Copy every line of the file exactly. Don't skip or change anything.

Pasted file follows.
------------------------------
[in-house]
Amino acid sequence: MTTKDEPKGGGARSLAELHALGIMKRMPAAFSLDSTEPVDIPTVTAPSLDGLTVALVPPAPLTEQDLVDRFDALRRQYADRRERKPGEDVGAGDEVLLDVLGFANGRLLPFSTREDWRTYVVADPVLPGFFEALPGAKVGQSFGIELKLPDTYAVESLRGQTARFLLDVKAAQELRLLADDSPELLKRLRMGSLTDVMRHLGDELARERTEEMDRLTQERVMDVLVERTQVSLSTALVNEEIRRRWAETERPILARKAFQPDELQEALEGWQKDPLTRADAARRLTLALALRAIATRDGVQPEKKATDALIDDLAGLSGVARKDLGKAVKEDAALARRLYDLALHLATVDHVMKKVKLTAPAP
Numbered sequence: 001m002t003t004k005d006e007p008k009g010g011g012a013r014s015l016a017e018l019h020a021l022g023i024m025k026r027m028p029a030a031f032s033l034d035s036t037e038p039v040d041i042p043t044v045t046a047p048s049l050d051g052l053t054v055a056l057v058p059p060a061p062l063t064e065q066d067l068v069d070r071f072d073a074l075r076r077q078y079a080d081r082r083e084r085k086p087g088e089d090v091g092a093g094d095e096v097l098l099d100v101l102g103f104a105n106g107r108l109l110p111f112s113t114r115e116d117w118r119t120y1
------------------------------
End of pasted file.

[in-house]
Amino acid sequence: MTTKDEPKGGGARSLAELHALGIMKRMPAAFSLDSTEPVDIPTVTAPSLDGLTVALVPPAPLTEQDLVDRFDALRRQYADRRERKPGEDVGAGDEVLLDVLGFANGRLLPFSTREDWRTYVVADPVLPGFFEALPGAKVGQSFGIELKLPDTYAVESLRGQTARFLLDVKAAQELRLLADDSPELLKRLRMGSLTDVMRHLGDELARERTEEMDRLTQERVMDVLVERTQVSLSTALVNEEIRRRWAETERPILARKAFQPDELQEALEGWQKDPLTRADAARRLTLALALRAIATRDGVQPEKKATDALIDDLAGLSGVARKDLGKAVKEDAALARRLYDLALHLATVDHVMKKVKLTAPAP
Numbered sequence: 001m002t003t004k005d006e007p008k009g010g011g012a013r014s015l016a017e018l019h020a021l022g023i024m025k026r027m028p029a030a031f032s033l034d035s036t037e038p039v040d041i042p043t044v045t046a047p048s049l050d051g052l053t054v055a056l057v058p059p060a061p062l063t064e065q066d067l068v069d070r071f072d073a074l075r076r077q078y079a080d081r082r083e084r085k086p087g088e089d090v091g092a093g094d095e096v097l098l099d100v101l102g103f104a105n106g107r108l109l110p111f112s113t114r115e116d117w118r119t120y1